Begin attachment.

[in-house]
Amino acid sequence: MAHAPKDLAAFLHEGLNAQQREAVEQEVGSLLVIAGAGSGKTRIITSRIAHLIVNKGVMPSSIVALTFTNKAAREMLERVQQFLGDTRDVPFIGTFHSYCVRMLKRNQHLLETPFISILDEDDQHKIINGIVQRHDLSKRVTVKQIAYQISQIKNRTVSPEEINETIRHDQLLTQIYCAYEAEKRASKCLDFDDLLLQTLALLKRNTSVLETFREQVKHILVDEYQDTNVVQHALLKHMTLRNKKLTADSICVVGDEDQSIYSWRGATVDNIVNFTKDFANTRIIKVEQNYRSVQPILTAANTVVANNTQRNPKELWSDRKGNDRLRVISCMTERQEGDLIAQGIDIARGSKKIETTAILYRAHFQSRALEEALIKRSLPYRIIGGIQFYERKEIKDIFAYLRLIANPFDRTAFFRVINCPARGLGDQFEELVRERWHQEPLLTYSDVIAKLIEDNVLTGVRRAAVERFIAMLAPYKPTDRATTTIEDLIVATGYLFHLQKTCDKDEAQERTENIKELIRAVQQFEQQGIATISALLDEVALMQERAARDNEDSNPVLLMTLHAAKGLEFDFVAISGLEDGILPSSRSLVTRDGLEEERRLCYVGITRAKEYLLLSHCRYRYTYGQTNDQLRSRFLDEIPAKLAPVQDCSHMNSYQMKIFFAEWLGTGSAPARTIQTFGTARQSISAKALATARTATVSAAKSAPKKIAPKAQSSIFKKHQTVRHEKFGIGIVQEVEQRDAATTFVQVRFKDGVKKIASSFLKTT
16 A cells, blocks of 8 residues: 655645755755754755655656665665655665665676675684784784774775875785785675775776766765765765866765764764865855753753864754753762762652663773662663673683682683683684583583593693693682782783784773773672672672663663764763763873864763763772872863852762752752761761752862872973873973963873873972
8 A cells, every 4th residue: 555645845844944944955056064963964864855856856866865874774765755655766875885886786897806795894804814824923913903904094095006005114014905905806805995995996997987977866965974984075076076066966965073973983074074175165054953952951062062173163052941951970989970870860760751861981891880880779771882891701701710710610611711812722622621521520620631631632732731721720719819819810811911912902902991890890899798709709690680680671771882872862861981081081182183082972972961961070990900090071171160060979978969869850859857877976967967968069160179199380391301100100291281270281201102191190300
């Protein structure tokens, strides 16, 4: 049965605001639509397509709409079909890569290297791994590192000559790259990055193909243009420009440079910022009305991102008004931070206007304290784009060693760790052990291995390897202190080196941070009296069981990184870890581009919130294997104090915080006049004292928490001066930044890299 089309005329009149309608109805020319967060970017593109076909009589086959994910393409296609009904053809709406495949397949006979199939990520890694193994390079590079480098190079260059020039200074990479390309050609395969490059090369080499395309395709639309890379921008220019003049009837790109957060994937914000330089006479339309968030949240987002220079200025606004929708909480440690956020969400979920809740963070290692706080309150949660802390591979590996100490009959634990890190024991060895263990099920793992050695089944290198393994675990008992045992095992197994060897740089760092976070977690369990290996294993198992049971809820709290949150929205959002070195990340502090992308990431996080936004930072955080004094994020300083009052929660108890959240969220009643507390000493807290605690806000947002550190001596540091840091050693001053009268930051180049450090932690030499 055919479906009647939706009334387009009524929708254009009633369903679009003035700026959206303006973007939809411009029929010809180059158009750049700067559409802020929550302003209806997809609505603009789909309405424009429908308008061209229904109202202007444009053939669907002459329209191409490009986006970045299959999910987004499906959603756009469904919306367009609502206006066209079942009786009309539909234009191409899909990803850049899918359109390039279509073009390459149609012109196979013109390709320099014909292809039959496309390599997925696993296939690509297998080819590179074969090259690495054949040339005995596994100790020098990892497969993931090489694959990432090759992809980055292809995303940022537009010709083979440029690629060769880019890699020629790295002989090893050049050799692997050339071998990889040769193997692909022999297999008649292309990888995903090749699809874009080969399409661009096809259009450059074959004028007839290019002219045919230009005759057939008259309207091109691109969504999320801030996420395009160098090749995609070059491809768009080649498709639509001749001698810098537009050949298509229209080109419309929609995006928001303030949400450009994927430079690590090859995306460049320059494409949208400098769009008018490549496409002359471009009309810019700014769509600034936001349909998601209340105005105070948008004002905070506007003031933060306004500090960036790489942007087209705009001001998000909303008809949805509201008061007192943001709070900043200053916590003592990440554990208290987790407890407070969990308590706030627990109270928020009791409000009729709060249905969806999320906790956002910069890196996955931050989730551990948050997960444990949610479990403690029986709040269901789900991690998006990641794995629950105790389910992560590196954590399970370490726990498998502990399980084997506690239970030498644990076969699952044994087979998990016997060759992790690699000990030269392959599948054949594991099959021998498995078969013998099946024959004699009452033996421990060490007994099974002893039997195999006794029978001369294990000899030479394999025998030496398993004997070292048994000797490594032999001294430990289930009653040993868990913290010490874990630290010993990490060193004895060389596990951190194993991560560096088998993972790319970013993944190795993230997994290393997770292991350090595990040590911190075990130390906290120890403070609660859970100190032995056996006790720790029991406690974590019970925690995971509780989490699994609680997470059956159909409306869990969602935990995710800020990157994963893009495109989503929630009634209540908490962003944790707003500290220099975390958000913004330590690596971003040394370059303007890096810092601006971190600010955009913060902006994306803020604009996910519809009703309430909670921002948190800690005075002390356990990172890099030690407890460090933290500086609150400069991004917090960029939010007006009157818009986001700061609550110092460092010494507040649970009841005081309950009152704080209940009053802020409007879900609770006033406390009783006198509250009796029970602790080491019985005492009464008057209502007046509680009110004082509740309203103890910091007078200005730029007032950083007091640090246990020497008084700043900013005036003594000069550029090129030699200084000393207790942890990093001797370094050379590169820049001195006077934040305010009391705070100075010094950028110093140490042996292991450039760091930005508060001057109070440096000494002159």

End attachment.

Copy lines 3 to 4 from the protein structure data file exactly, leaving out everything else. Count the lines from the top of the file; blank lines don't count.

16 A cells, blocks of 8 residues: 655645755755754755655656665665655665665676675684784784774775875785785675775776766765765765866765764764865855753753864754753762762652663773662663673683682683683684583583593693693682782783784773773672672672663663764763763873864763763772872863852762752752761761752862872973873973963873873972
8 A cells, every 4th residue: 555645845844944944955056064963964864855856856866865874774765755655766875885886786897806795894804814824923913903904094095006005114014905905806805995995996997987977866965974984075076076066966965073973983074074175165054953952951062062173163052941951970989970870860760751861981891880880779771882891701701710710610611711812722622621521520620631631632732731721720719819819810811911912902902991890890899798709709690680680671771882872862861981081081182183082972972961961070990900090071171160060979978969869850859857877976967967968069160179199380391301100100291281270281201102191190300